When asked if the state income tax will be raised on millionaires again this year, Donovan responded that in addition to delaying the estate tax adjustment, the deficit can be closed by trimming the state bureaucracy and by making sure the administration makes the cuts that are already required in the budget passed last year.
In addition to the budget, the legislature will tackle multiple issues in a session that is scheduled to last just more than three months in an election year. Some insiders believe that the budget deliberations will not be as contentious as last year because lawmakers have an incentive to finish their work so that they have more time to campaign for the fall elections. Traditionally, the legislature has raised taxes only in the first year of the two-year budget in an effort to avoid tax increases in an election year.
Among the other issues facing the legislature:
•Jobs. For the Democrats, job creation will be a priority, and some recommendations from lawmakers might be released as early as Tuesday. •Domestic violence. A group that has been working on domestic violence laws is expected to release recommendations next week, and Donovan said that the legislature will "absolutely" improve those laws this year.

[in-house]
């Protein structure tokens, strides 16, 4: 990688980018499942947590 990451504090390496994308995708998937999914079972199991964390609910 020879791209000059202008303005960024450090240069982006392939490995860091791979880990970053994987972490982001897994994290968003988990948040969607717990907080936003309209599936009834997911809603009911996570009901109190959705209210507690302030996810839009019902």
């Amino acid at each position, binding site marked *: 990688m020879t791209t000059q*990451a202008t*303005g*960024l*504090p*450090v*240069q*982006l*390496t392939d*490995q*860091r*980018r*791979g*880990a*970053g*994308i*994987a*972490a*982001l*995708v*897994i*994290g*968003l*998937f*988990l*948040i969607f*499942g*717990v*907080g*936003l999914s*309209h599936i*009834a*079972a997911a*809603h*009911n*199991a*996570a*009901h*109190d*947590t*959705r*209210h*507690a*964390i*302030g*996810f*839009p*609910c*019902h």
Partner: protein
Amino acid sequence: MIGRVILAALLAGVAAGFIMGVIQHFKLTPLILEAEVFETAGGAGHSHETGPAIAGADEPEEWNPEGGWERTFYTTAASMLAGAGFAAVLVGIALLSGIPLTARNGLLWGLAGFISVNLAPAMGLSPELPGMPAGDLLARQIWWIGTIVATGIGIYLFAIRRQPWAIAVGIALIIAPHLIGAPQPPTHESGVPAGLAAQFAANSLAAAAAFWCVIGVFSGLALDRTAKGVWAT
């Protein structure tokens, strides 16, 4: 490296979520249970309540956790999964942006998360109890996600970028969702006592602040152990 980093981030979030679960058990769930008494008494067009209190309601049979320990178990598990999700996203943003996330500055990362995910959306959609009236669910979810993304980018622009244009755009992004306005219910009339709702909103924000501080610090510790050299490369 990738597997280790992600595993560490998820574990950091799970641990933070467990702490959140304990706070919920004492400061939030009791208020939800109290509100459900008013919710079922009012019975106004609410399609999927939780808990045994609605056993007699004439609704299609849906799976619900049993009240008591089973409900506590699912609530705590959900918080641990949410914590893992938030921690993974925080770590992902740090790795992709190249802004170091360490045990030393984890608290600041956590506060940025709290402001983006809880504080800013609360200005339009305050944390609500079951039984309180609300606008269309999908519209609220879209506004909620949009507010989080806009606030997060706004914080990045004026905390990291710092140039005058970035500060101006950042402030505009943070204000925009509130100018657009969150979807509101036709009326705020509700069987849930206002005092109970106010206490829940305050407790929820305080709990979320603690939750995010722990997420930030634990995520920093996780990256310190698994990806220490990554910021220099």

•Seat belts. The General Assembly is also expected to debate whether the state should mandate that public school buses have seat belts. The issue gained prominence when a Rocky Hill teenager, 16-year-old Vikas Parikh, died in a bus crash Jan. 9 on I-84 as he and other students were heading to a weekend kickoff for a robotics competition. After the crash, three of four registered voters surveyed in a Quinnipiac University poll said they favor mandating seat belts on the buses.
Until now, lawmakers have failed to pass 23 bills on seat belts in the past 20 years, but the issue will undoubtedly receive increased scrutiny this year. State Rep. Tony Guerrera, a Rocky Hill Democrat who serves as co-chairman of the legislature's transportation committee, has already proposed a bill that is expected to be debated in a public hearing.
Connecticut could become the seventh state to require seat belts on school buses, and either the state or the local towns would be required to pay for installing the belts.
"If you ask the average person — and I'm an average person — you would say we need seat belts," said Donovan, who ranks among the state's most powerful public officials. "Personally, I favor seat belts, but I don't know the costs."
•Highway tolls. Another major issue is whether the legislature will call for installing tolls on state highways. The issue arose again recently when Simsbury resident Oz Griebel, a Republican running for governor, said he would favor tolls as long as the money collected would be placed into a "lock box" and would be guaranteed to be spent only on transportation improvements. The idea has been raised in the past, but Donovan is not sure whether lawmakers can tackle the matter in a three-month session. "That's a big discussion that I haven't reached any conclusion on," Donovan said.
Reprinted with permission of the Hartford Courant.